When I was 22, I was very briefly snagged into Amway and actually participated in getting a co-member of a health club I worked at to come hear an Amway presentation under false pretenses.  She thought she was coming to hear about tax help for her portfolio.  Where ever you are, please forgive me.  My innards were just crawling in disgust over what I was doing.   

My own comment: This story literally made my jaw drop. 

Ouch. A coworker pulled this stunt on DH and me before we got married, only he came to our home. He got the boot pretty quickly, and I never saw him the same way again. Too bad, I had thought he was a nice guy.

Now my brother's my upline in Quixtar. He's put 20 people under me but I can't really make money unless I start a second line of people. Not gonna happen. I have two friends in this state and I intend to keep them that way. They offer a few products I like and can't get anywhere else--like an energy drink that actually tastes good!--and that's my full intent with the company.

Besides, my brother could sell space heaters in the tropics. I could never be a "rah rah" type or sell anything someone wasn't asking to buy from me.

Many years ago, my husband and I were subjected to a similar meeting. The guy gave us this schpiel about getting rich by selling these products. He told us he drove a Mercedes and lived in a big house all by selling this stuff and getting other people to sell for him.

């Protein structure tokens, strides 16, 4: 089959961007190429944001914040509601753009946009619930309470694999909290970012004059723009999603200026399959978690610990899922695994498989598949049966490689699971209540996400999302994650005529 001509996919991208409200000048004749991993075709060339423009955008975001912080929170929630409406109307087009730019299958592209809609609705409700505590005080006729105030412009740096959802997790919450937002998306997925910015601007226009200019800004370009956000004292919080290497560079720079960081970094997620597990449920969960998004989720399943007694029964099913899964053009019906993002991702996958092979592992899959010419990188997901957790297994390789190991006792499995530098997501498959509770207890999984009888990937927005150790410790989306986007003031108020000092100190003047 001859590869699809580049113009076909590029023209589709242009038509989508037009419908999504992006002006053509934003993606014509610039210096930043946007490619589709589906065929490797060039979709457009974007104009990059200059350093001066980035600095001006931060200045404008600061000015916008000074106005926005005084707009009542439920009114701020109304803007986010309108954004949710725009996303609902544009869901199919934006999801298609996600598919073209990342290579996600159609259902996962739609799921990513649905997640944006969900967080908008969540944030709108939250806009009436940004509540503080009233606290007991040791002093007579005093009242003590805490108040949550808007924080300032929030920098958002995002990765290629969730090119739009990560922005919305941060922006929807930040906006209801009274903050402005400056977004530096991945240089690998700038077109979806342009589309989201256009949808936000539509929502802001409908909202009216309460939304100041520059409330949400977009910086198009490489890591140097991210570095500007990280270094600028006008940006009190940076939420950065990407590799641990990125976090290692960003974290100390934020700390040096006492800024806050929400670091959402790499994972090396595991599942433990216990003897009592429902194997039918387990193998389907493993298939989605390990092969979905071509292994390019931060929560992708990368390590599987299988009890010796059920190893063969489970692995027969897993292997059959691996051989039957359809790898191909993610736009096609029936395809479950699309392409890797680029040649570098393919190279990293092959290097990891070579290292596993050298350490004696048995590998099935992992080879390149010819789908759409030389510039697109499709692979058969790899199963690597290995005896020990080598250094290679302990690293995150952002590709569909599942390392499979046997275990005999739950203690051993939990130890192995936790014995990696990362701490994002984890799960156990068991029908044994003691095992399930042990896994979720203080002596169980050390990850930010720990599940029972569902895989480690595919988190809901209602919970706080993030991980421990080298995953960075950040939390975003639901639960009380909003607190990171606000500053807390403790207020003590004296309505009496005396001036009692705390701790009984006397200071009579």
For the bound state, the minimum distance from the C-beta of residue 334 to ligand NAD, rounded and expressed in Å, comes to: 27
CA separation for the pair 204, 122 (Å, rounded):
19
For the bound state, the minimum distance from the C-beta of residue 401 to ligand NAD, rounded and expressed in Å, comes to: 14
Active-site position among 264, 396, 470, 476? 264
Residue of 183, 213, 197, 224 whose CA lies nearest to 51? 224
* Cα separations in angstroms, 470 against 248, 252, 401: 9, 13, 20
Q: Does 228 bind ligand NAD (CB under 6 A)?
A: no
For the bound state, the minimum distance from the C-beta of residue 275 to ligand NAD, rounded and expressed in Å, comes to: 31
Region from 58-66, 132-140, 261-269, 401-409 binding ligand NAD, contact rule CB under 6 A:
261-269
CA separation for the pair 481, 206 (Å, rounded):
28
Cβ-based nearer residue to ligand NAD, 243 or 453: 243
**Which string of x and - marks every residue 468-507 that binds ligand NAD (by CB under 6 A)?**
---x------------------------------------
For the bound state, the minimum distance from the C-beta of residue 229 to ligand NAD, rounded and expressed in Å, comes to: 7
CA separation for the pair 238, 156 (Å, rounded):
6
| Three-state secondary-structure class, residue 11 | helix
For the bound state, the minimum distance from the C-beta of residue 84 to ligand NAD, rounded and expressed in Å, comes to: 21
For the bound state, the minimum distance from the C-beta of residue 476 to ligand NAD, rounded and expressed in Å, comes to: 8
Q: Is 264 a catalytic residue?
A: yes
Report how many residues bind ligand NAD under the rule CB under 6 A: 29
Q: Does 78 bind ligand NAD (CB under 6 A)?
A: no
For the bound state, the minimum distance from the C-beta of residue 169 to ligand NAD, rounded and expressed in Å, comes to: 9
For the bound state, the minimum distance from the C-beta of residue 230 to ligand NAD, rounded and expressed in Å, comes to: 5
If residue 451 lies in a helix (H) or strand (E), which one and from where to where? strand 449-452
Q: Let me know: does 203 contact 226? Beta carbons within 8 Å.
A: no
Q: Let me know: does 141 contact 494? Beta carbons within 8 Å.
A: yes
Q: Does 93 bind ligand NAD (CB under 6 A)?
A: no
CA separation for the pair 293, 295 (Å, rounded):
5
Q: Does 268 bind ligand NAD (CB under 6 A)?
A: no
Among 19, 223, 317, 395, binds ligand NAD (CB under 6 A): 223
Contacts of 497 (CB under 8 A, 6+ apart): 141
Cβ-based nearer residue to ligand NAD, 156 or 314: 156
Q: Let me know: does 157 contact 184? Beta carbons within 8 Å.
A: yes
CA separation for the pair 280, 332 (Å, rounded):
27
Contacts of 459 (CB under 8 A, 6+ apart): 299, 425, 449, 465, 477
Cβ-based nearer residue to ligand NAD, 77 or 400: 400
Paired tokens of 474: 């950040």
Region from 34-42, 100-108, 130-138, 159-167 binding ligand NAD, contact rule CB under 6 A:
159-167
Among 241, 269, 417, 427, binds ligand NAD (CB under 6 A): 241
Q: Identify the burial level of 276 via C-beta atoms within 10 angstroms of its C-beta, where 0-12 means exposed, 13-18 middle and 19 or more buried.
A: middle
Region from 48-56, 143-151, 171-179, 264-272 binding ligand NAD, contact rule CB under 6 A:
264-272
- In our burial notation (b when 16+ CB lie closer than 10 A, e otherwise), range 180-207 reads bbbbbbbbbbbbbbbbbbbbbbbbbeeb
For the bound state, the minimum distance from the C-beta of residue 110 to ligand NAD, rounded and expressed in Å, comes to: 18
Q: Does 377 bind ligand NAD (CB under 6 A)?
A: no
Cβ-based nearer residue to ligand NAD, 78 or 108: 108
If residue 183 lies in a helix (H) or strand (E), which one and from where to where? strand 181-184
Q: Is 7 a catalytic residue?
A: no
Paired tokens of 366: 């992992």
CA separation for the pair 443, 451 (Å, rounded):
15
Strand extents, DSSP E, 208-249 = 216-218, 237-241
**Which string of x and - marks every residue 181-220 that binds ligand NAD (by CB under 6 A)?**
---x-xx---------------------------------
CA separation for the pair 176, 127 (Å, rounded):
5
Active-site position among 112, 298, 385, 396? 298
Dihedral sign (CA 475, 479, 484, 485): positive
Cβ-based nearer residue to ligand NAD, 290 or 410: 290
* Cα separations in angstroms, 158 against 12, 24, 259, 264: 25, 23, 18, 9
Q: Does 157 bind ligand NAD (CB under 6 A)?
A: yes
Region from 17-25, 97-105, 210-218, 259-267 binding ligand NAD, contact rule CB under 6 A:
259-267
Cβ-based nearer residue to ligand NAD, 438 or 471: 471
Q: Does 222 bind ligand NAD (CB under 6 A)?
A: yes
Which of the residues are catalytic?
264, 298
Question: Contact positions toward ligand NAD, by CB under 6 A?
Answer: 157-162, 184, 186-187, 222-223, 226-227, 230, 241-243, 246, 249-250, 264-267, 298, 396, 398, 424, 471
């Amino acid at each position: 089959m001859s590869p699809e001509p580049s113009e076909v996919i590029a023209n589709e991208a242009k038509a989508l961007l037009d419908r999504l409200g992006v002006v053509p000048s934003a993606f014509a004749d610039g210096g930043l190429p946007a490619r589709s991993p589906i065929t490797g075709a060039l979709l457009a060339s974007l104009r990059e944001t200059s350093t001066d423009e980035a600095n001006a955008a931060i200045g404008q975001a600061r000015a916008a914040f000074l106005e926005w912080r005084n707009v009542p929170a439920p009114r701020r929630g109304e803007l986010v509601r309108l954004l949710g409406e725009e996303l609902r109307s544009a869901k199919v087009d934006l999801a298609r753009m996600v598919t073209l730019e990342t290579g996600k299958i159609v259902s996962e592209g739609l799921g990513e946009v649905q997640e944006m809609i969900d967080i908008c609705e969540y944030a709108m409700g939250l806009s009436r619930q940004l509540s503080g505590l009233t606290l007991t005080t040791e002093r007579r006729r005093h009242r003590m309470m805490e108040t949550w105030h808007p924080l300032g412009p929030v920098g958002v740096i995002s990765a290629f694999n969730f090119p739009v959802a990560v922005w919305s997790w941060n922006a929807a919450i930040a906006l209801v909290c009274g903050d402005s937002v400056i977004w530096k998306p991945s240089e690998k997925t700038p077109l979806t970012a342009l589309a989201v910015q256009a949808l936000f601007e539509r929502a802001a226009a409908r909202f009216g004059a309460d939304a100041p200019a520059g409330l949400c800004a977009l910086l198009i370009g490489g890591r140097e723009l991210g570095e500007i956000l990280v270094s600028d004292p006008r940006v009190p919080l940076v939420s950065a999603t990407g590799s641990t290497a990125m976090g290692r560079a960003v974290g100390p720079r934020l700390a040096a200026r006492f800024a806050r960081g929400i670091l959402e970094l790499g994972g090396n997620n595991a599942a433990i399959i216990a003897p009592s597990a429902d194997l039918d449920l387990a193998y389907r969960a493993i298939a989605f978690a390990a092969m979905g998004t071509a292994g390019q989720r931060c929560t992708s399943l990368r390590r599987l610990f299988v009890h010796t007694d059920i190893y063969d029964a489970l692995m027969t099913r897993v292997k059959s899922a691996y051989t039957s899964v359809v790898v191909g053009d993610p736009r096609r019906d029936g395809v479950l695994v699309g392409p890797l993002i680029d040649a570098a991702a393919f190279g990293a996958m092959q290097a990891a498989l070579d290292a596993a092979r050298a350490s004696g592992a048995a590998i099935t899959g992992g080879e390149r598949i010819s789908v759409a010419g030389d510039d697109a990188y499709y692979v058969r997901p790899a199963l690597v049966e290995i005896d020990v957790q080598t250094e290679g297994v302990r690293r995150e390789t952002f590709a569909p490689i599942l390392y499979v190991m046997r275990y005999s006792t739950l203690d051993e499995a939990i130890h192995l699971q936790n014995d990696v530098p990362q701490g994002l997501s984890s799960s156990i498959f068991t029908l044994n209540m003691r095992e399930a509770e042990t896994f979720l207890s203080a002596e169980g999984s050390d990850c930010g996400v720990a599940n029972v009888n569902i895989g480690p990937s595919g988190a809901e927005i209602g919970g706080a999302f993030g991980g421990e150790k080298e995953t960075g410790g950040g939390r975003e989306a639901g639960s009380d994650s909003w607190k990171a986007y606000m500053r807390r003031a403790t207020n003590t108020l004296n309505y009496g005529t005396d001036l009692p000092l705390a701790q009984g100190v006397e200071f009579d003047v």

He proceeded to go around the room to ask us what our "dream" was. The poor sch#### never knew what hit him. People said things like "finishing law school", "run a marathon"... you get the picture.

It came around to my husband's turn, and my very smart husband says "living to a ripe old age in good health". I picked on his cue and said "being well read and well educated". We got a thumbs up from a few people across the room. Some were laughing. The guy was clearly annoyed telling us we need money for both of those things. Yes, you need some, but not a fortune.

I was talking to a friend who taking a business degree in university and she informed me that you can work 40-50 hours a week on these schemes and earn only $7K to $10K if you are lucky. You are better off working part time at WalMart and you won't have to annoy your friends.

Quixtar and Britt Marketing were begun by the same guy who started Amway. BEWARE.

The key is that there is ANOTHER business in these MLMs....the business of selling the tapes, videos, and holding the seminars. The people in the downlines do NOT make money.

My parents got sucked into that poop for awhile. They were pressed to hoodwink friends and told directly not to tell them why they were invited, or they wouldn't come. "They won't be offended because they are your friends" when they find out otherwise. "Hey, your friends don't yell at you, do they?"

No reputable business will work as an MLM. Period.

Bob Ducca:
This happened to us as well- DH's best friend, whom he had known for years, ensnared us into an Amway meeting.  He and DH were estranged for a little while over it- it was kind of a "last-straw" sort of situation.

According to our pitchman, it was our dream to own a "motorcoach."  To this day, DH snickers when he hears the term.